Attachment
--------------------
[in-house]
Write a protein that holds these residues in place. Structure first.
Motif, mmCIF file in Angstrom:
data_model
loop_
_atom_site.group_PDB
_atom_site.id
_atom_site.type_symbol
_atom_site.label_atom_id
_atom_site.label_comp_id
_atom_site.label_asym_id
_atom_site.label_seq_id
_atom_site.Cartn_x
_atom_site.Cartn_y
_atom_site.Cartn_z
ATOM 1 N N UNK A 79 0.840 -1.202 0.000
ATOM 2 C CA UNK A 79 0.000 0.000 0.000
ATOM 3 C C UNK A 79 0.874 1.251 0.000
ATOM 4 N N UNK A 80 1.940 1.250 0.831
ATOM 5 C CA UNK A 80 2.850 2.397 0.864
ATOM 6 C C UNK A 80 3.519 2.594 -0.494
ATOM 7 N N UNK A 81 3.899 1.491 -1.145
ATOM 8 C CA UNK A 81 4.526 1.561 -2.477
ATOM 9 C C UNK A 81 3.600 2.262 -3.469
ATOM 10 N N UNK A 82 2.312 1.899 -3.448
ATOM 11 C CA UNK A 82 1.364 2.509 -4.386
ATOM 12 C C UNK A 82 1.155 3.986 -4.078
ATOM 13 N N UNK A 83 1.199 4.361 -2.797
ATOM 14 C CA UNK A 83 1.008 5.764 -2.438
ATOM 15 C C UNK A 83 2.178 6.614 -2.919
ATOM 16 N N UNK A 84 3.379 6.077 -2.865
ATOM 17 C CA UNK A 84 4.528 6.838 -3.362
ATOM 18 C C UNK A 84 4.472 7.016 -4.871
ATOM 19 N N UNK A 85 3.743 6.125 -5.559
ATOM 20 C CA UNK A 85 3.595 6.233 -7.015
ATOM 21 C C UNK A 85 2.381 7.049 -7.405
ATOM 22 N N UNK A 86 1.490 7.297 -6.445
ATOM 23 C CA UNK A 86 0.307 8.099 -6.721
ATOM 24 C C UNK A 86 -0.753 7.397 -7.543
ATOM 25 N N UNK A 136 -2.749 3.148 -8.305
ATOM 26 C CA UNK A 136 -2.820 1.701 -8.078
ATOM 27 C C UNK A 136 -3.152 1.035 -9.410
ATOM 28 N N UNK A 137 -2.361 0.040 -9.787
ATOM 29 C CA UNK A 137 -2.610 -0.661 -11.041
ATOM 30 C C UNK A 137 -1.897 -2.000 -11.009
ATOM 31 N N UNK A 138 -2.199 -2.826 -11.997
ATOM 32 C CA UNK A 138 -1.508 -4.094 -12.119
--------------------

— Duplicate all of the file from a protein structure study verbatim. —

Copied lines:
[in-house]
Write a protein that holds these residues in place. Structure first.
Motif, mmCIF file in Angstrom:
data_model
loop_
_atom_site.group_PDB
_atom_site.id
_atom_site.type_symbol
_atom_site.label_atom_id
_atom_site.label_comp_id
_atom_site.label_asym_id
_atom_site.label_seq_id
_atom_site.Cartn_x
_atom_site.Cartn_y
_atom_site.Cartn_z
ATOM 1 N N UNK A 79 0.840 -1.202 0.000
ATOM 2 C CA UNK A 79 0.000 0.000 0.000
ATOM 3 C C UNK A 79 0.874 1.251 0.000
ATOM 4 N N UNK A 80 1.940 1.250 0.831
ATOM 5 C CA UNK A 80 2.850 2.397 0.864
ATOM 6 C C UNK A 80 3.519 2.594 -0.494
ATOM 7 N N UNK A 81 3.899 1.491 -1.145
ATOM 8 C CA UNK A 81 4.526 1.561 -2.477
ATOM 9 C C UNK A 81 3.600 2.262 -3.469
ATOM 10 N N UNK A 82 2.312 1.899 -3.448
ATOM 11 C CA UNK A 82 1.364 2.509 -4.386
ATOM 12 C C UNK A 82 1.155 3.986 -4.078
ATOM 13 N N UNK A 83 1.199 4.361 -2.797
ATOM 14 C CA UNK A 83 1.008 5.764 -2.438
ATOM 15 C C UNK A 83 2.178 6.614 -2.919
ATOM 16 N N UNK A 84 3.379 6.077 -2.865
ATOM 17 C CA UNK A 84 4.528 6.838 -3.362
ATOM 18 C C UNK A 84 4.472 7.016 -4.871
ATOM 19 N N UNK A 85 3.743 6.125 -5.559
ATOM 20 C CA UNK A 85 3.595 6.233 -7.015
ATOM 21 C C UNK A 85 2.381 7.049 -7.405
ATOM 22 N N UNK A 86 1.490 7.297 -6.445
ATOM 23 C CA UNK A 86 0.307 8.099 -6.721
ATOM 24 C C UNK A 86 -0.753 7.397 -7.543
ATOM 25 N N UNK A 136 -2.749 3.148 -8.305
ATOM 26 C CA UNK A 136 -2.820 1.701 -8.078
ATOM 27 C C UNK A 136 -3.152 1.035 -9.410
ATOM 28 N N UNK A 137 -2.361 0.040 -9.787
ATOM 29 C CA UNK A 137 -2.610 -0.661 -11.041
ATOM 30 C C UNK A 137 -1.897 -2.000 -11.009
ATOM 31 N N UNK A 138 -2.199 -2.826 -11.997
ATOM 32 C CA UNK A 138 -1.508 -4.094 -12.119